The United Nations Children's Fund (Unicef) has just released its report 'Opportunities in times of crisis: to avoid HIV / AIDS from the first adolescence to the beginning of adulthood', which highlights a devastating and worrisome data: about 2,500 young people from all over the world contract AIDS every day, despite "the slight decrease" in the general prevalence rate among this group.
The data, which refer to the year 2009, also indicate that "41 percent of the new affected over 15 years in 2009 were people between 15 and 24 years." In this regard, he adds that "about five million young people of these ages lived with HIV / AIDS in 2009" and states that there are some two million adolescents between 10 and 19 years old affected by this disease. "Mostly, these are people who live in sub-Saharan Africa and are women. Very few of them are aware that they have contracted the virus, "says the work. The figures in this sense are clear: more than 60 percent of young people who have AIDS in the world are women and that this rate reaches 70 percent in sub-Saharan Africa.
There are about two million adolescents between 10 and 19 years affected by this disease
Margaret Chan, Director General of the World Health Organization, has commented on this fact stating that "the success achieved with respect to increasing access to antiretroviral drugs means that more young people with HIV / AIDS have higher survival rates, but many of them are not aware of their infection. "
The causes of these high contagion figures among the youngest? Experts point to some high-risk behaviors, such as early sexual initiation, adolescent pregnancy and drug use, which "are clear symptoms that something is not working in adolescents' environments, and these symptoms may be related to the violence, exploitation, abuse or abandonment ".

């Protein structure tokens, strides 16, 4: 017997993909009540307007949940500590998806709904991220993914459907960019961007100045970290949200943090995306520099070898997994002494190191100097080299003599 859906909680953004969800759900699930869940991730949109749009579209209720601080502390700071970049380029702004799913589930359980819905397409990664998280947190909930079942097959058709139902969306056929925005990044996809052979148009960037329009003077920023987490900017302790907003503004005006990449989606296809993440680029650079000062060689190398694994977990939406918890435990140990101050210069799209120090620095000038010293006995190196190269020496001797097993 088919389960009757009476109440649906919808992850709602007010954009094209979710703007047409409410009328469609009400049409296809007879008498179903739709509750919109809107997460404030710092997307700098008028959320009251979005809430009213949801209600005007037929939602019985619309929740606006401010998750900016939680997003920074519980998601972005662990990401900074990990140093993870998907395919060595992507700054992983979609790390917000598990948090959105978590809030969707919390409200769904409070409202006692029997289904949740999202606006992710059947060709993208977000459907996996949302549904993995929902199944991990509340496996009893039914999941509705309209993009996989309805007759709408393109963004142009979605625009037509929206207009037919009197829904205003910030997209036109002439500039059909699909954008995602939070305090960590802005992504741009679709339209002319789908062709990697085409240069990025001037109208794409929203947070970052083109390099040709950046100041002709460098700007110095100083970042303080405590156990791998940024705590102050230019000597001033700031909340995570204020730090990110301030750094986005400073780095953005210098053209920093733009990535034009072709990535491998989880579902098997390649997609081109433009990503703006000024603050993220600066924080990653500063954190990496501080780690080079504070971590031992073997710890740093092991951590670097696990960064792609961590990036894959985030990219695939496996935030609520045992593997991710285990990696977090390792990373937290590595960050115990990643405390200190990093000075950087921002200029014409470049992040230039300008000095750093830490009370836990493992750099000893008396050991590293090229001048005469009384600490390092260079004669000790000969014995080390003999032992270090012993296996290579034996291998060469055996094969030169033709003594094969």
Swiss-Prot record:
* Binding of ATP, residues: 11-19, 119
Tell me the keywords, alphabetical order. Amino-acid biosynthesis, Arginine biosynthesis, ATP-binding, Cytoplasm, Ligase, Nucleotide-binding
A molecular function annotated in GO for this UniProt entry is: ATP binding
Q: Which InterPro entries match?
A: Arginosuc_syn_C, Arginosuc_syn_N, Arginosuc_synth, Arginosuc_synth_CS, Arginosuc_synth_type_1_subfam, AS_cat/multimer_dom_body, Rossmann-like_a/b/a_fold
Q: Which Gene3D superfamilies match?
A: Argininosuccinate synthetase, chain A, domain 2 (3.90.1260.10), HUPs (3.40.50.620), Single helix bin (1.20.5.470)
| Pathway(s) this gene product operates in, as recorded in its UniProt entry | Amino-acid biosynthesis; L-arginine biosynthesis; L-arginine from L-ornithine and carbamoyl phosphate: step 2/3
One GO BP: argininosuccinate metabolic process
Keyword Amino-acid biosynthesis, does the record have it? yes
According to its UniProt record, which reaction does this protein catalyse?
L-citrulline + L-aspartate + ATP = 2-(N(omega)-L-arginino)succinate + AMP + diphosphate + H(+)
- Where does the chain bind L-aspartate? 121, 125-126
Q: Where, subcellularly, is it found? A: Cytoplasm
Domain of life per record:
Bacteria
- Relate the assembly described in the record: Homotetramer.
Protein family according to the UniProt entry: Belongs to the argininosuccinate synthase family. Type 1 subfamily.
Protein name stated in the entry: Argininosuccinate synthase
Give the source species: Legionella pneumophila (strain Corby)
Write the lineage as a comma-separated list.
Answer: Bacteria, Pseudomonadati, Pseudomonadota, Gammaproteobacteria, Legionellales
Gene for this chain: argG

New prevention strategies
For his part, the director general of the World Bank, Mahmoud Mohieldin, has warned that "the world urgently needs new strategies to prevent HIV / AIDS," while adding that "for every two people who obtain treatment against this disease that threatens their lives, other five are infected, which puts in impossible situations many poor countries and the communities that make them up ".
The executive director of UNICEF, Anthony Lake, said that "this report encourages leaders at all levels to create a chain of prevention to keep adolescents and young people informed, protected and healthy." The families of the young people, their teachers and teachers, as well as the leaders of their communities "can play an important role in establishing habits of responsible behavior and advocate for the young people to be provided all the services they need to maintain themselves healthy. "